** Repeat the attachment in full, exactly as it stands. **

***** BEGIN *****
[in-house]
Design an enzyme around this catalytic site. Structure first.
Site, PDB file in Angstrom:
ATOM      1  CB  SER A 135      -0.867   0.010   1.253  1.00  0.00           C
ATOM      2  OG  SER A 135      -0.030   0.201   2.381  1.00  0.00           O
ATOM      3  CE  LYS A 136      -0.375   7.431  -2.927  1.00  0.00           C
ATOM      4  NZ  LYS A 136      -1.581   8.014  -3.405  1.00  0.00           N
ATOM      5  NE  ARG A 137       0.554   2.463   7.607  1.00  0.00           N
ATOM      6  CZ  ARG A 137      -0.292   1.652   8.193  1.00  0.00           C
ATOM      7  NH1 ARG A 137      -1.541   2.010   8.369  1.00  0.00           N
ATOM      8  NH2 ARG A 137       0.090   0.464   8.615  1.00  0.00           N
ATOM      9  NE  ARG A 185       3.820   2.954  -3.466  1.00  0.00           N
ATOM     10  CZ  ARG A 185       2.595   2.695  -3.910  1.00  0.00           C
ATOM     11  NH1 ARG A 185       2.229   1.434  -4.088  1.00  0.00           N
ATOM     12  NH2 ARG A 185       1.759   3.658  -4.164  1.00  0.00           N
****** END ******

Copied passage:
[in-house]
Design an enzyme around this catalytic site. Structure first.
Site, PDB file in Angstrom:
ATOM      1  CB  SER A 135      -0.867   0.010   1.253  1.00  0.00           C
ATOM      2  OG  SER A 135      -0.030   0.201   2.381  1.00  0.00           O
ATOM      3  CE  LYS A 136      -0.375   7.431  -2.927  1.00  0.00           C
ATOM      4  NZ  LYS A 136      -1.581   8.014  -3.405  1.00  0.00           N
ATOM      5  NE  ARG A 137       0.554   2.463   7.607  1.00  0.00           N
ATOM      6  CZ  ARG A 137      -0.292   1.652   8.193  1.00  0.00           C
ATOM      7  NH1 ARG A 137      -1.541   2.010   8.369  1.00  0.00           N
ATOM      8  NH2 ARG A 137       0.090   0.464   8.615  1.00  0.00           N
ATOM      9  NE  ARG A 185       3.820   2.954  -3.466  1.00  0.00           N
ATOM     10  CZ  ARG A 185       2.595   2.695  -3.910  1.00  0.00           C
ATOM     11  NH1 ARG A 185       2.229   1.434  -4.088  1.00  0.00           N
ATOM     12  NH2 ARG A 185       1.759   3.658  -4.164  1.00  0.00           N